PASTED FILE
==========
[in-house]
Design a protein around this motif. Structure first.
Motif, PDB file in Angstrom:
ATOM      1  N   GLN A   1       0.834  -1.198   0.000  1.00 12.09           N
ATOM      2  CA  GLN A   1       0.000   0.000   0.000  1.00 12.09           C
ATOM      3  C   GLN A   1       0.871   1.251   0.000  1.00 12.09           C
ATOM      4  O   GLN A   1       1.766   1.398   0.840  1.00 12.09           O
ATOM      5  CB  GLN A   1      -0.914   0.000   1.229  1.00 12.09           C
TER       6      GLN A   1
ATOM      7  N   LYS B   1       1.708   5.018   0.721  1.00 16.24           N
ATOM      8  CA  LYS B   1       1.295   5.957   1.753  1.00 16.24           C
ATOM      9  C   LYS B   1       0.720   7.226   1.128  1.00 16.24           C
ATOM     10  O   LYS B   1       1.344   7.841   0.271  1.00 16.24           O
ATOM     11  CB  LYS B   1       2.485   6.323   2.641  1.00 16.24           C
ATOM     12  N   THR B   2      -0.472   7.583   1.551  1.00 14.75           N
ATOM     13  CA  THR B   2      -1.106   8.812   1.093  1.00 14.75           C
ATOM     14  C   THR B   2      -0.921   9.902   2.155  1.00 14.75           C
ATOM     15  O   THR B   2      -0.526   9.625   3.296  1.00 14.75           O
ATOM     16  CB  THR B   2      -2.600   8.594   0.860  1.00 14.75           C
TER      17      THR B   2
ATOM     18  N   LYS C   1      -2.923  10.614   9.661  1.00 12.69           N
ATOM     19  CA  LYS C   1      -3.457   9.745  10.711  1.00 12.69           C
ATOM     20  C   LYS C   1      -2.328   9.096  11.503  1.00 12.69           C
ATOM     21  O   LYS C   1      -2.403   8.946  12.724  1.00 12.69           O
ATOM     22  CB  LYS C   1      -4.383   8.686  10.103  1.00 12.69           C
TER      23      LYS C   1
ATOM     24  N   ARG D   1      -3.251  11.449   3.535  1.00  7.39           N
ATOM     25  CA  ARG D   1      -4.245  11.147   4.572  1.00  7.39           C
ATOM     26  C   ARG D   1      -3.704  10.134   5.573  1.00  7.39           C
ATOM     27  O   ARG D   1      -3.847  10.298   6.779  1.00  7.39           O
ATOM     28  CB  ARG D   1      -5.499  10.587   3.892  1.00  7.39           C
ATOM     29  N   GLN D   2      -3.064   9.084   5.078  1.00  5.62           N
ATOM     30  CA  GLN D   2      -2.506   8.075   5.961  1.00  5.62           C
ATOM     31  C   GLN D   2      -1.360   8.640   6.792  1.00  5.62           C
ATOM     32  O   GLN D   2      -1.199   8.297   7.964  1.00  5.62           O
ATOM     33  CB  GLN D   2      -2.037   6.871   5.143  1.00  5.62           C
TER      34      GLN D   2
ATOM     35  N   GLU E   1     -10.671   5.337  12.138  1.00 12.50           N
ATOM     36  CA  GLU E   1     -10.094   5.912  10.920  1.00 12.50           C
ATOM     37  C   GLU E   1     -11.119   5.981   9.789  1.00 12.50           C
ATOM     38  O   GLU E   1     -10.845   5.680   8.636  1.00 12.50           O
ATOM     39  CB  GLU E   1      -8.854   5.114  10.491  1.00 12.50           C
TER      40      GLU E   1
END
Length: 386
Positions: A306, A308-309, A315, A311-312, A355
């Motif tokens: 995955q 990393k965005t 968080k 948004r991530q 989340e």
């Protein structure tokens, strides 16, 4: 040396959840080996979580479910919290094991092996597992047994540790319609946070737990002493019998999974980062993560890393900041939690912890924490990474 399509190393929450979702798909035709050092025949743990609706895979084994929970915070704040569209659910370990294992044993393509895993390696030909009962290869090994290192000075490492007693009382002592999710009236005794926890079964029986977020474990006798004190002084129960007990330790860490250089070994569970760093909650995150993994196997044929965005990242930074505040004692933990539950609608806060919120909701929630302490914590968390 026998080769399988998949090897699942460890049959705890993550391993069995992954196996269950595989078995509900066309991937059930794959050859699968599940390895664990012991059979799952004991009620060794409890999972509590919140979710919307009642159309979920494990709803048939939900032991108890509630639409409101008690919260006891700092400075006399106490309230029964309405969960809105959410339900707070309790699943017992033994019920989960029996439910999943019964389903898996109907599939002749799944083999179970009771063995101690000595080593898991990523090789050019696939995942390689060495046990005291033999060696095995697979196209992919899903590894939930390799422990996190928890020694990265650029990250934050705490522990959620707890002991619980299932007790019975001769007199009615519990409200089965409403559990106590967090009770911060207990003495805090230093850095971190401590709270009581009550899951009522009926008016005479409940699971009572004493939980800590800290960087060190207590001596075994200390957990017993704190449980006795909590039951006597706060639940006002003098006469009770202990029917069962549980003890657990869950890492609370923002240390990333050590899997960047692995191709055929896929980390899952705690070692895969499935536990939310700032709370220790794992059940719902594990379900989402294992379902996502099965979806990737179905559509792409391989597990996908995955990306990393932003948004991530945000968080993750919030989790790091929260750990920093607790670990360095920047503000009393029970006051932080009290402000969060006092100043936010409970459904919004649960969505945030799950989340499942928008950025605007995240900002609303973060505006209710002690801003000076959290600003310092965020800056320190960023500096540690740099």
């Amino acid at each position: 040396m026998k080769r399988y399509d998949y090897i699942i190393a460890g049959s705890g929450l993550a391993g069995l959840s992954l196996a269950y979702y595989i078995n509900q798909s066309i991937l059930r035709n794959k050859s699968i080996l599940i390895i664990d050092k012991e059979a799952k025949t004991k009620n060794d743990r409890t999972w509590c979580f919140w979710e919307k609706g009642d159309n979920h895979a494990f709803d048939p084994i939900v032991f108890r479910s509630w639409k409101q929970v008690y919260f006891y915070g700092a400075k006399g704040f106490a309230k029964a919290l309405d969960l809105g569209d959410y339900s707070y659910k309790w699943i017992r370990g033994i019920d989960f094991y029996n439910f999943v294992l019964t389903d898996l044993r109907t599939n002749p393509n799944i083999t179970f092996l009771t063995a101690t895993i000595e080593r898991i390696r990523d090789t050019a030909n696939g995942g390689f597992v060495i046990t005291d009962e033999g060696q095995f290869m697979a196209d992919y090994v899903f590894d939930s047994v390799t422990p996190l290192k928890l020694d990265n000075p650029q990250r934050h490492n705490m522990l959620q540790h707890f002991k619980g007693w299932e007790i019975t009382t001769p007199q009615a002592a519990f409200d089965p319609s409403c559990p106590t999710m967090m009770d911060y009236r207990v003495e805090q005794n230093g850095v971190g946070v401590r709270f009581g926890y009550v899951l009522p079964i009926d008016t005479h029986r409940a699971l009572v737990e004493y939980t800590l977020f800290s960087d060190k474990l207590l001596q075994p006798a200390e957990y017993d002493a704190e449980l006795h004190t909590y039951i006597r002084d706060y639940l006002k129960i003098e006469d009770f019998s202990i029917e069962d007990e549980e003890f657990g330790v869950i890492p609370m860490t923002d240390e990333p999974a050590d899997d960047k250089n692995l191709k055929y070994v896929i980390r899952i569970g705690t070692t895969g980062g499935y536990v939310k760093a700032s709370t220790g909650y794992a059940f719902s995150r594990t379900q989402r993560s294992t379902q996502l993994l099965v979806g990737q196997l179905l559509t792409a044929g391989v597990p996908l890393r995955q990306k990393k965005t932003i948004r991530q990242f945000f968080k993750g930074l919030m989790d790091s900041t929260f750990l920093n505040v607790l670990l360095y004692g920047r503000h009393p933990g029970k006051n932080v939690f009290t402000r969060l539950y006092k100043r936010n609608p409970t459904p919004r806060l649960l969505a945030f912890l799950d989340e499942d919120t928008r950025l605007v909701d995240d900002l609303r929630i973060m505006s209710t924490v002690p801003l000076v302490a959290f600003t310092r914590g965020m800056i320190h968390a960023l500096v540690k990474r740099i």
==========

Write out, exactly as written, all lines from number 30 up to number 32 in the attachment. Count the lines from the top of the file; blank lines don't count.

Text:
ATOM     27  O   ARG D   1      -3.847  10.298   6.779  1.00  7.39           O
ATOM     28  CB  ARG D   1      -5.499  10.587   3.892  1.00  7.39           C
ATOM     29  N   GLN D   2      -3.064   9.084   5.078  1.00  5.62           N